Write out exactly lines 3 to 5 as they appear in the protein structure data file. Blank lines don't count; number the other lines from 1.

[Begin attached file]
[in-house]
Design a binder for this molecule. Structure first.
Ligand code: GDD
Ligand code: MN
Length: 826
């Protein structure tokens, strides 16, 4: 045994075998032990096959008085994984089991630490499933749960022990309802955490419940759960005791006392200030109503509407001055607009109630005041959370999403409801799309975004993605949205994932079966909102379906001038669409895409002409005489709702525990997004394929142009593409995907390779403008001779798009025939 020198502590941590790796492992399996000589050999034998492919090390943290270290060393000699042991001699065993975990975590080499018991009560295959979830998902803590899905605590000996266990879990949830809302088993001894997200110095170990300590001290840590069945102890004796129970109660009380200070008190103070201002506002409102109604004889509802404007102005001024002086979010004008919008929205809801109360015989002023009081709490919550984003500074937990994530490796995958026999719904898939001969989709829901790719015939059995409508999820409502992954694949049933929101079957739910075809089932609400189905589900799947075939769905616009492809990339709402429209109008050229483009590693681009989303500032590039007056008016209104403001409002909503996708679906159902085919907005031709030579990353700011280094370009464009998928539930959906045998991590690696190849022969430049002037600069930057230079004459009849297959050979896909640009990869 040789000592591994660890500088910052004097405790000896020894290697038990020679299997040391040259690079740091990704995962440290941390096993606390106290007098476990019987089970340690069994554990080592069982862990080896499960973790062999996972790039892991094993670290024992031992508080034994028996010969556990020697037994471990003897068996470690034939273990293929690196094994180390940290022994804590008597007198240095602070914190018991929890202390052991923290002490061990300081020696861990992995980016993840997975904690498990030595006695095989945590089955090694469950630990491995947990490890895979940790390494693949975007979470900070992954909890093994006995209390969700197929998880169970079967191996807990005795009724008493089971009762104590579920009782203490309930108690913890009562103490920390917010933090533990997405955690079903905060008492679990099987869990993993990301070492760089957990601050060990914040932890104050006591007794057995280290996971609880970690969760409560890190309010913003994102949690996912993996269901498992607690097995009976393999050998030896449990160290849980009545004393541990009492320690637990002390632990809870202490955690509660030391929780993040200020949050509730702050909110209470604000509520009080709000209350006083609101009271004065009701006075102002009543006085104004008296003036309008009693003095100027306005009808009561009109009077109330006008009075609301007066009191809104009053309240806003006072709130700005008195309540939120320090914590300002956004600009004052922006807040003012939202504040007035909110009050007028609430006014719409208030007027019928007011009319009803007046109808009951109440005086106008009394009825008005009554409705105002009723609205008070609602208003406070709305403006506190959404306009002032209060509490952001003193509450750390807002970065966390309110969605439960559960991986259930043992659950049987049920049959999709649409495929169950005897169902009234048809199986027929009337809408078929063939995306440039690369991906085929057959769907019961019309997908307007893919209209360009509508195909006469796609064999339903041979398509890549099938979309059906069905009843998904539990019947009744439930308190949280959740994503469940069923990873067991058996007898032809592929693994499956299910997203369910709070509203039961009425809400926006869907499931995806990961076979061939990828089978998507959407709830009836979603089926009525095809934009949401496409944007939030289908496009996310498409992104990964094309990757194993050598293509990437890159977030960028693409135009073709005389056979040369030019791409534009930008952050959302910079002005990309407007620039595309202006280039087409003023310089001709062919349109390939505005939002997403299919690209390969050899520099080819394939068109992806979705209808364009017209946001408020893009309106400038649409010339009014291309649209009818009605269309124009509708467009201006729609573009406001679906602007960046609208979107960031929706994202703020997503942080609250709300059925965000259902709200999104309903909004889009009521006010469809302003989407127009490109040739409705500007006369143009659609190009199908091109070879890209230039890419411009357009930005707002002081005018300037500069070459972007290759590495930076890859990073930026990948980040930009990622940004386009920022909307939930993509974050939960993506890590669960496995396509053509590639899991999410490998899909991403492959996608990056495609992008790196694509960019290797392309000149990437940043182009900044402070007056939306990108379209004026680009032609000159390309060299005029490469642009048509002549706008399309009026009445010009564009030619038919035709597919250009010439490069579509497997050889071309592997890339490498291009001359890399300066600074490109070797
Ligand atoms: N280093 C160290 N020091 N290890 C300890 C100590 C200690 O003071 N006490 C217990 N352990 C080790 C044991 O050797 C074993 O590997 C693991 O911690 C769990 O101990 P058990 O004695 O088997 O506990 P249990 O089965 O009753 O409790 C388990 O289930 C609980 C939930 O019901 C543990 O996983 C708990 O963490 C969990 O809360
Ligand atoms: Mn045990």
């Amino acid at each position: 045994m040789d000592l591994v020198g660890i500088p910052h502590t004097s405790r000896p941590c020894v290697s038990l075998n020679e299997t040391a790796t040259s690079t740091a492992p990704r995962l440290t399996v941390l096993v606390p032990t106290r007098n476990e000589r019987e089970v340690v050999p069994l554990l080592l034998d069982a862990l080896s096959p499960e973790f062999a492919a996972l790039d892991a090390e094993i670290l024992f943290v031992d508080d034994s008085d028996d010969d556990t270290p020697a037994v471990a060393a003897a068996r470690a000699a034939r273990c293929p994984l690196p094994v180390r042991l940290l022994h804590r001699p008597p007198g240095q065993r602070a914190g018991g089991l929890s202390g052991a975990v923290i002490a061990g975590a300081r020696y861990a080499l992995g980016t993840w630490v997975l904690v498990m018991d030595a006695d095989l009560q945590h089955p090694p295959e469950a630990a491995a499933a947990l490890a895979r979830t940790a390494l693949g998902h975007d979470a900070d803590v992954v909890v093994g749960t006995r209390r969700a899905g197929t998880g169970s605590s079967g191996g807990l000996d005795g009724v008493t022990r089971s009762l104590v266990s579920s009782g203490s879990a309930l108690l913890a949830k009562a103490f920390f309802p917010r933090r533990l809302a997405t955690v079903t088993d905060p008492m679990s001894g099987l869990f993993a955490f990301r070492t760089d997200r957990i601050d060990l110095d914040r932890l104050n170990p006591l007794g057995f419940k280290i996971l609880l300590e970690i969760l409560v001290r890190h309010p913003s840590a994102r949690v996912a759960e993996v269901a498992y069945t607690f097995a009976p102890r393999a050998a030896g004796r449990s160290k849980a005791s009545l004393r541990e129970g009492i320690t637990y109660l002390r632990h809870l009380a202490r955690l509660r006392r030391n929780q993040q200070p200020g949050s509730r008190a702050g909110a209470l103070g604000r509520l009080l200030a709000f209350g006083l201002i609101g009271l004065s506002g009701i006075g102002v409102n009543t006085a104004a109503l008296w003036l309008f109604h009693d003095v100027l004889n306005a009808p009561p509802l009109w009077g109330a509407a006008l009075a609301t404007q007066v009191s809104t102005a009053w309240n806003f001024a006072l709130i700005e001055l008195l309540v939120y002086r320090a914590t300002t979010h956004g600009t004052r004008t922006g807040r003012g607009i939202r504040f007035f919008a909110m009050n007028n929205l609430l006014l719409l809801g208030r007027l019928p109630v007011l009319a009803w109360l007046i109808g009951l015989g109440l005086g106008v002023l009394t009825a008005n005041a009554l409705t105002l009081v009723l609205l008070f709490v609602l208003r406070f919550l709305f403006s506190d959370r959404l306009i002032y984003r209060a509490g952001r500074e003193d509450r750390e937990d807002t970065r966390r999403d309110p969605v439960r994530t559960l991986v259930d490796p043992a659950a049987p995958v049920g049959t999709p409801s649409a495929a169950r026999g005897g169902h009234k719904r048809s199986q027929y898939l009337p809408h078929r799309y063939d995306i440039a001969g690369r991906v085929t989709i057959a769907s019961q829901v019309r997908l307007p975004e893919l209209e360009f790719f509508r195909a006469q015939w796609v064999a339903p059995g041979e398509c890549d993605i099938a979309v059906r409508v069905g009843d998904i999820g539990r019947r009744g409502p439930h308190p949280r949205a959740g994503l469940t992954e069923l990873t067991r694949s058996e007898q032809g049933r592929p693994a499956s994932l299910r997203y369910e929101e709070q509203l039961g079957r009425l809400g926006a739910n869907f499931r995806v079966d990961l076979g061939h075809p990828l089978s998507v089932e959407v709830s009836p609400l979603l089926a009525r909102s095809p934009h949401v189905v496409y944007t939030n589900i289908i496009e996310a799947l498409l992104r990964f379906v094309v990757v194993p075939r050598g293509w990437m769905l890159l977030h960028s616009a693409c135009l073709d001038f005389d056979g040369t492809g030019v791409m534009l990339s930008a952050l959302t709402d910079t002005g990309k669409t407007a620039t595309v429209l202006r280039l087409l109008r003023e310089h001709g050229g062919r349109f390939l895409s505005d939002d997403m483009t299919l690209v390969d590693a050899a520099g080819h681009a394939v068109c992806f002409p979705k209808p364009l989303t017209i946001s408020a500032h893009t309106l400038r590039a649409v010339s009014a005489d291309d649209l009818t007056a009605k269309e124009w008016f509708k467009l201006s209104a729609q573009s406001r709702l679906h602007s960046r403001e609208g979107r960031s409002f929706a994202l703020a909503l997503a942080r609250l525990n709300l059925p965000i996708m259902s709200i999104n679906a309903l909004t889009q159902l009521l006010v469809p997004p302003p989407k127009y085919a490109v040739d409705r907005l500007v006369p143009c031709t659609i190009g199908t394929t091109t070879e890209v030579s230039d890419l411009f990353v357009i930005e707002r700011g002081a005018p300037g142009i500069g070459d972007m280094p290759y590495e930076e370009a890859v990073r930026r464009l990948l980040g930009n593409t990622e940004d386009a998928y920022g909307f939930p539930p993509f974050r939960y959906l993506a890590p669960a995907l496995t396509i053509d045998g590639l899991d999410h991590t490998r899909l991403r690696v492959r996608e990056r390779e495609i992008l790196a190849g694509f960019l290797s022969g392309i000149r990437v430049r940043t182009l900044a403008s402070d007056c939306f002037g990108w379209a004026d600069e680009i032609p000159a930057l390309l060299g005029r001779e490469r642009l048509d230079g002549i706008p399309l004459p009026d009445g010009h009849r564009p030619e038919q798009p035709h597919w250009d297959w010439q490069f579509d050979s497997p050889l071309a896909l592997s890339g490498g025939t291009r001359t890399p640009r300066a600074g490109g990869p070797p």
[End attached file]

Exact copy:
Ligand code: GDD
Ligand code: MN
Length: 826